Click here for a Brief Introduction to the Nazi Genocide of the Jews, 1933-45
Brother and Sister in the Lodz Ghetto from: Lodz Ghetto: Inside a Community Under Siege, compiled and edited by Alan Adelson and Robert Lapides (New York: Penguin, 1989), p. 123.
Copyright (c) 1995 by Robert S. Leventhal, all rights reserved. This text may be shared in accordance with the fair-use provisions of the U.S. copyright law. Redistribution or republication of this text on other terms, in any medium, requires the written permission of the author.
Responses to the Holocaust: A Hypermedia Sourcebook for the Humanities is intended to introduce the viewer/reader to the various discourses, disciplines, media and institutions that have produced significant critical and theoretical positions and discussions concerning the Nazi Genocide of the Jews of Europe, 1933-45. In this hypermedia sourcebook, a hypertextual research, teaching, and learning archive, the responses of disciplines, various media and institutions includes, but is not limited to, literature, philosophy, literary criticism and theory, sociology, psychoanalysis, history and historiography, religious studies, film, art and architecture, political theory, informatics and the history of technology, and popular culture or cultural studies. Through critical text, image, video and laserdisc clips and sound, my hope is to offer the navigator of this hypermedia archive a way to access important information regarding the study and critical discourse concerning the Holocaust, and to provide a research, teaching, and learning resource for the student, teacher, and scholar of the Holocaust. By interfacing various texts, images, bibliographies, biographies, film and audio clips as well as other critical materials by way of hypertextual likages, it will be possible for the viewer/reader to selectively access not only substantially different areas of information, but also different registers or depth of information. For example, after each entry there will be an option of moving to "further reading" or "bibliography." This hypermedia sourcebook is designed and organized according to disciplines and media that have simultaneously influenced our understanding of the Holocaust as much as they have been influenced by the Holocaust, such as "literature,"literary theory and criticism," "philosophy," "psychoanalysis," "film," "art," "poetry," and "history and historiography," "sociology," "informatics and technology," "political science," and "religious studies." In order to access any of these disciplines or media, simply proceed to the table of contents and click on the blue type of the subject you wish to explore. Hypertext allows a thick archive to be viewed at various levels. Utilizing SGML, Standard Generalized Markup Language, it will be possible to search this archive for the name of a particular author, film, text, or according to subject and titles. In order to browse the archive, the viewer simply clicks on any of the text in blue type, or wherever the pointer becomes a pointing finger.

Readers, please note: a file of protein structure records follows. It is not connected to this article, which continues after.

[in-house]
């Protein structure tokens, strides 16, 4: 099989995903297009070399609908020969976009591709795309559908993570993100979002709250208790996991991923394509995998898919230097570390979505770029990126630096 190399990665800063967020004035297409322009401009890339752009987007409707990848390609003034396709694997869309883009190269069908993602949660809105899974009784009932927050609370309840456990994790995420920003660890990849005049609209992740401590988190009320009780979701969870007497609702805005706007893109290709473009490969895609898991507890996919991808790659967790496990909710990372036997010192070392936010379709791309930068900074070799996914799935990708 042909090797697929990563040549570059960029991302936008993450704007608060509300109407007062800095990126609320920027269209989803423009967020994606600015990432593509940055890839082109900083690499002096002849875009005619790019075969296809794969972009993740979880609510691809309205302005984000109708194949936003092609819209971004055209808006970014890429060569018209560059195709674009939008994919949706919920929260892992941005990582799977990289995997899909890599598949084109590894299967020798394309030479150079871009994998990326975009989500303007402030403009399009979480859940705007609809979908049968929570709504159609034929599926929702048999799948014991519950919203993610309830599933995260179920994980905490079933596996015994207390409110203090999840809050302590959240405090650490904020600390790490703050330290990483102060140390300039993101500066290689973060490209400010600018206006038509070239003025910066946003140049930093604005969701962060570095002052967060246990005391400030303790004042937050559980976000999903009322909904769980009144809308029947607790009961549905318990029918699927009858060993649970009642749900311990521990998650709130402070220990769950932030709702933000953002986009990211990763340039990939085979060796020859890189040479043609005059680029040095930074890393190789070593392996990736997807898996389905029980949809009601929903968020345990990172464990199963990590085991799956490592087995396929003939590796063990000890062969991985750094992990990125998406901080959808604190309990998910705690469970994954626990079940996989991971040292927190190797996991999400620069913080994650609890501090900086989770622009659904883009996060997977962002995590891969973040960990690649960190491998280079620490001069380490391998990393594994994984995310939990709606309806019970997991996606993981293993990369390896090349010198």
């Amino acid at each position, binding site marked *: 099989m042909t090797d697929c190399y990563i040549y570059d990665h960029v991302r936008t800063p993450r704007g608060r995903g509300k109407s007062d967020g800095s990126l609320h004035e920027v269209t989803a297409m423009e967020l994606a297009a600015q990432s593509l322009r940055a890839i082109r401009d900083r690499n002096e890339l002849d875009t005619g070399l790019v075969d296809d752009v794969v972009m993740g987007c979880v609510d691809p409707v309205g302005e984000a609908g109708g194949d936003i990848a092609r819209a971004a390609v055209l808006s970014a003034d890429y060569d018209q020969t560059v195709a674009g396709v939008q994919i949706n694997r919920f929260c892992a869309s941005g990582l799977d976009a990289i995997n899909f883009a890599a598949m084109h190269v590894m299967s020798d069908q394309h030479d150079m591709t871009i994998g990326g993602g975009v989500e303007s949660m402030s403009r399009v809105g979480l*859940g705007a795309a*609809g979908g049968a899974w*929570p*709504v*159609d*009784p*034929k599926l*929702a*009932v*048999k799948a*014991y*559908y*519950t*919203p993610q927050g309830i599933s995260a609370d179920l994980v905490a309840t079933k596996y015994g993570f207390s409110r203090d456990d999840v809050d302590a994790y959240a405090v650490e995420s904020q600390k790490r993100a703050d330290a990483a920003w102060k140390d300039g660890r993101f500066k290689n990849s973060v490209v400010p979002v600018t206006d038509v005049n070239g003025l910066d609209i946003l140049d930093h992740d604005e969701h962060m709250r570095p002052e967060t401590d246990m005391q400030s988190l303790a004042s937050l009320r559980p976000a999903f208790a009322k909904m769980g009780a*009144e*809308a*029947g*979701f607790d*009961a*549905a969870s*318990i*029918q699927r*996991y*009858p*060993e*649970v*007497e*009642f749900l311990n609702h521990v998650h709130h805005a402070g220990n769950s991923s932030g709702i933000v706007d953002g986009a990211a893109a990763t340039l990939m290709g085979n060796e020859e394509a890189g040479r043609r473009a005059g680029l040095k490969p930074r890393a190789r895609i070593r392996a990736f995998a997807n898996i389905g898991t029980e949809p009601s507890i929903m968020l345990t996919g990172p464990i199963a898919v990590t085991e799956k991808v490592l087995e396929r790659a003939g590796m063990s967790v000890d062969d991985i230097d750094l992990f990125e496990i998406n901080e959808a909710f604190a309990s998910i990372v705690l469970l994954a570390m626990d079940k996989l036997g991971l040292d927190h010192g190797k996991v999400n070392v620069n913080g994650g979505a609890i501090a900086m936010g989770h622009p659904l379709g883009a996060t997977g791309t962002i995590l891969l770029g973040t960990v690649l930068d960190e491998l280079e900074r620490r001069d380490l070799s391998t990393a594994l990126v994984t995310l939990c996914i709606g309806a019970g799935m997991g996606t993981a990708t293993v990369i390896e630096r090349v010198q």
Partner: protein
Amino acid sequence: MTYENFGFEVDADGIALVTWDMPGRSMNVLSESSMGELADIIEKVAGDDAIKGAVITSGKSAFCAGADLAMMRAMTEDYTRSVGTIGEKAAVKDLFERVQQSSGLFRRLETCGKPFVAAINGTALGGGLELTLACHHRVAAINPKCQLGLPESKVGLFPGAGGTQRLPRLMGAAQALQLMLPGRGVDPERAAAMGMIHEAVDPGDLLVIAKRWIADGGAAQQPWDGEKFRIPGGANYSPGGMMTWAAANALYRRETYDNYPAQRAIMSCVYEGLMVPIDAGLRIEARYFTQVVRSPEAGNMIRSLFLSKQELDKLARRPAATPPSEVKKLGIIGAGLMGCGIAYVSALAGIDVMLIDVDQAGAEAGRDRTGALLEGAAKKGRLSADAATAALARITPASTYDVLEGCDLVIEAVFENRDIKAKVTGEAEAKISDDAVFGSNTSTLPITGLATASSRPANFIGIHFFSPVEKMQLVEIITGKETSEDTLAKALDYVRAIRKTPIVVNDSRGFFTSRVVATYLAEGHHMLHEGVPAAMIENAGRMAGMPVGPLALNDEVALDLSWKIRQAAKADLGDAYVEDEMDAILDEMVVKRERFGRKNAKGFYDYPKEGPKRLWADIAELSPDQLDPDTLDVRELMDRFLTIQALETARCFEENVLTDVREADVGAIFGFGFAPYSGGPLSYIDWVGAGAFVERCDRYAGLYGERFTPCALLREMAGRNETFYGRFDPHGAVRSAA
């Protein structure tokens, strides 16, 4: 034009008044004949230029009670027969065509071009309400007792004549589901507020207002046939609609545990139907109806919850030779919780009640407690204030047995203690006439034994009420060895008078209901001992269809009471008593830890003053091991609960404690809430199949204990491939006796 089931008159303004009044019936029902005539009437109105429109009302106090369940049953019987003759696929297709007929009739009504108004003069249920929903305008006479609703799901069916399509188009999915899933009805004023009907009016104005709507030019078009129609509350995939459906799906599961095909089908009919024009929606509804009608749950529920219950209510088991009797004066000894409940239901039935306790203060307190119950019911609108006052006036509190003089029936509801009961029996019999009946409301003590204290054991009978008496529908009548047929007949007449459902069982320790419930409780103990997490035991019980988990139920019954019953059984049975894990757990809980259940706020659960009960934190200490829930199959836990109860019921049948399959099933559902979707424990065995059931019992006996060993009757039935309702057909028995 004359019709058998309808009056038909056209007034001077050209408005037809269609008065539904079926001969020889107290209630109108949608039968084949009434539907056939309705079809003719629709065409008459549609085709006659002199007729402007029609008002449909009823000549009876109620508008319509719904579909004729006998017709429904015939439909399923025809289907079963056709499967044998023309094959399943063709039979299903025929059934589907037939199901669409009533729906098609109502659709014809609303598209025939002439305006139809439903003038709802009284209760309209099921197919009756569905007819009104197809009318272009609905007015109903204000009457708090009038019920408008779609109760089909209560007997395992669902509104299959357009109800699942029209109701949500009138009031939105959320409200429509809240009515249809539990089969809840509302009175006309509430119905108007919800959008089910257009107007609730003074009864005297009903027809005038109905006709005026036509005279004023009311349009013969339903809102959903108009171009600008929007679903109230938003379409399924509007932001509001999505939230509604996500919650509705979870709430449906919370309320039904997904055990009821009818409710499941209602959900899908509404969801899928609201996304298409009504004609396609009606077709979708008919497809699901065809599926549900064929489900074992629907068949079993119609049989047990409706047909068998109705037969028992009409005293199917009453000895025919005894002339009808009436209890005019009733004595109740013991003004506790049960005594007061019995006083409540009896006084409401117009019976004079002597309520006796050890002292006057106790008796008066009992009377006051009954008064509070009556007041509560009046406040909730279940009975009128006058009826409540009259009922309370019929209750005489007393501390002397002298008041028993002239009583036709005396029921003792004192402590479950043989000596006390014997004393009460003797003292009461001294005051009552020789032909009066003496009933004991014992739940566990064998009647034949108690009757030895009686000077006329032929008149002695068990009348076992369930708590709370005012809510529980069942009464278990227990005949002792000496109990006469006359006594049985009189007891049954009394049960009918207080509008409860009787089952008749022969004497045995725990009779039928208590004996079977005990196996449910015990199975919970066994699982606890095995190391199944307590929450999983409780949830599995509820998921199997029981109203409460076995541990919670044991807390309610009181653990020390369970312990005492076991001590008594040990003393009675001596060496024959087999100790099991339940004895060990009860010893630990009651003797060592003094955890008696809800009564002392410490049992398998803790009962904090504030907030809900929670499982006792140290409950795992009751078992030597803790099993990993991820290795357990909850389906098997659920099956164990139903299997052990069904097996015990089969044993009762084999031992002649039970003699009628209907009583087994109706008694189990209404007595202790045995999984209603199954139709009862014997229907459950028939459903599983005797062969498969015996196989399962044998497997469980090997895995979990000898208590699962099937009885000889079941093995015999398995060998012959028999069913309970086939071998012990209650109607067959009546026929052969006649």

Many of the hyperlinks are currently in production, and will become available shortly. At present I am working on the chapters concerning Literary Criticism and Theory, Psychoanalysis and film. If you have any questions or comments regarding this document, please do not hesitate to contact me. I can be reached at (804) 979-5764 (home), and my E-Mail address is: email@example.com. Any suggestions would be most welcome. Robert S. Leventhal Networked Fellow Institute for Advance Technology in the Humanities Alderman Library University of Virginia Charlottesville, Va. 22903
Paul Celan, 1947-48, from: Shoshana Felman and Dorie Laub, M.D.,Testimony: Crisis of Witnessing in Literature, Psychoanalysis, and History (New York and London: Routledge, 1992).
Other important sites on the WWW you might want to visit: